Since my planned 15-minute conversation with Raul Bandeira, Microsoft's worldwide head of certified partner programs, had lasted an hour (see last week's ARN), I only caught some of the next keynote. But since all speeches were made available via CommNet, I could pick up the content without the hoopla - double bonus!
My next Rio-arranged appointment was a lunchtime meeting with Mark O'Shea from Microsoft Australia. It strikes me as ironic that I have been selling Microsoft products for more than 13 years and often drive past Microsoft's headquarters in Sydney, yet I had to travel 12,000km to finally meet any Microsoft staff in the flesh.
My meeting with Mark lasted almost two hours and was an amiable chat about the general business model that we employed and how Microsoft fitted in with it. Again I saw a refreshingly open Microsoft executive who was willing to listen and offer help. As part of this help, each Fusion attendee was assigned a "guardian" from Microsoft Australia to offer assistance with general enquires. I was lucky enough to be paired with Mark for this duty and his approachable attitude meant I felt as though I could ask any simple questions I had.
Undoubtedly the hardest part of Fusion was working out how to fit in everything that was available to me. I had travelled a long way and was determined to get the most out of the four days, so I sat down with my comprehensive Fusion booklet and selected the best sessions and events. I had the rest of the afternoon mapped out but sometimes even the best-laid plans go awry. As I was walking past the Asia-Pacific designated meeting area, a Microsoft executive jumped up and introduced himself as Alex Keay (aka Ben Elton).
Alex wanted to make sure I knew where and when the awards event was being held, however this led to further discussion and eventually we ended up sitting down and covering an entire range of issues, to which John Ball of Microsoft Australia joined in. These impromptu meetings were the single greatest benefit I was to gain from attending Fusion 2002. Of course it takes effort and a little bravery to approach executives and introduce oneself, but once the normal human reticence is cast aside you could engage in many fantastic discussions about every topic imaginable.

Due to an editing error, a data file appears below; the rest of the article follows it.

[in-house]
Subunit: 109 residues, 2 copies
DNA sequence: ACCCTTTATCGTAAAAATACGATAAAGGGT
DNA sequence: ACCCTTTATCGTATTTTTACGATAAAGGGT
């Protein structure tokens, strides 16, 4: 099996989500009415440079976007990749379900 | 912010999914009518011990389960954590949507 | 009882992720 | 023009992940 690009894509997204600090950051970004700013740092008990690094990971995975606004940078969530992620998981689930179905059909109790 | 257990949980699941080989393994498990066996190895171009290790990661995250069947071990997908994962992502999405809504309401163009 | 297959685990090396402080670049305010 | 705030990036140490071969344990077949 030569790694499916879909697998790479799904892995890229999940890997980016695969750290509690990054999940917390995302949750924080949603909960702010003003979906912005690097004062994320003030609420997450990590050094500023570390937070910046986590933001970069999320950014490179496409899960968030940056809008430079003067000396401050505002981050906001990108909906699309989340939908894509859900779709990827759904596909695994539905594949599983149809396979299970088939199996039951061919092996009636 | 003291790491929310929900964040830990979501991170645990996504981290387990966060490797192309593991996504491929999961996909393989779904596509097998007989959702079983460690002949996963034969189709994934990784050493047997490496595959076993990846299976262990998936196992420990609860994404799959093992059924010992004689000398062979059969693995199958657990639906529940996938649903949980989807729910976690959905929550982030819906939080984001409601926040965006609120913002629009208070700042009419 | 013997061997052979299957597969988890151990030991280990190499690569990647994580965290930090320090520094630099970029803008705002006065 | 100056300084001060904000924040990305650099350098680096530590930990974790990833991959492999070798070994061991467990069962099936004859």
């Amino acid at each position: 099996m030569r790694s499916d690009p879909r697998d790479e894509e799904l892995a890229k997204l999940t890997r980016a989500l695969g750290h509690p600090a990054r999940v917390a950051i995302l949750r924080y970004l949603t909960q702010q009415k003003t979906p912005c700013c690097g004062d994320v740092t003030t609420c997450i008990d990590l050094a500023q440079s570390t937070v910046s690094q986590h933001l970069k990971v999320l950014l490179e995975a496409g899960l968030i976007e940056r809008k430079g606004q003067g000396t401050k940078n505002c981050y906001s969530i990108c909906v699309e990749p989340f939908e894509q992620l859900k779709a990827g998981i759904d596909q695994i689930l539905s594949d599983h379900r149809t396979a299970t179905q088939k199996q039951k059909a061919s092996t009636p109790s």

Back on track after my impromptu meetings, I then headed off to the motel to prepare for the awards ceremony that night. This, after all, was the catalyst for my journey to Fusion 2002 and the excitement started to build. I wasn't expecting to win an award but whenever you are in the running you are forever hopeful.
The awards ceremony was an eye-opener. Every important Microsoft executive was present and happy to talk. I met up with the Microsoft Australia executives again and also got to meet Rosa Garcia. Her passion for everything Microsoft was even more evident in person than on stage. I also met Bob Clough, who is the American equivalent of Mark O'Shea. I wasn't sure if Bob's name was licensed from Microsoft after the release several years ago of Microsoft Bob - I will have to check further on this. As with all Microsoft executives I encountered, Bob was quick to hand over his business card complete with e-mail address and all were happy to receive e-mails from me. I had seen Bob's name on a Small Business Server book published by Harry Brelsford so I was meeting a celebrity! Bob introduced me to Allison Watson who again was even more impressive in person than on stage - and this time she was, thankfully, minus her high-five routine.
Allison, Bob and I spoke at length about the SMB market, which they both explained was very near to Microsoft's heart at the moment as a potentially huge untapped market. As mentioned previously, Microsoft generates the majority of its revenue from the SMB market and it still sees it as being far from saturated. Both Allison and Bob were keen to hear my story and asked many questions about Axxis Technology's operations - showing that the willingness to listen definitely starts from the top and filters down through the Microsoft ranks. Allison described me as a poster child for the SMB market and Bob had to explain the meaning of the term poster child for me. Luckily for everyone involved it has nothing to do with sticking my face on a big poster - if anyone has ever seen my mug they will appreciate the severity of this thought!
I was extremely impressed the next morning, however, when Allison mentioned our organisation in her keynote address. To me it was proof that she really was listening and if her sincerity filters down through the ranks then I look forward to an even better relationship with Microsoft in the future.
The awards ceremony was a little disappointing for me personally and Microsoft Australia on the whole. The nine category awards failed to produce a winner for the Asia-Pacific region, with five of the nine awards going to North America. Still, all the Asia-Pacific finalists were proud of their efforts and determined then and there to perform better next year. The after-party provided further opportunities to meet and greet and more invaluable contacts were made as the night rolled on.
Rising on the second morning, I had almost adjusted to a new time zone and it was time to plan the activities that would benefit my organisation the most.
Mathew Dickerson is managing director of Dubbo-based reseller Axxis Technology.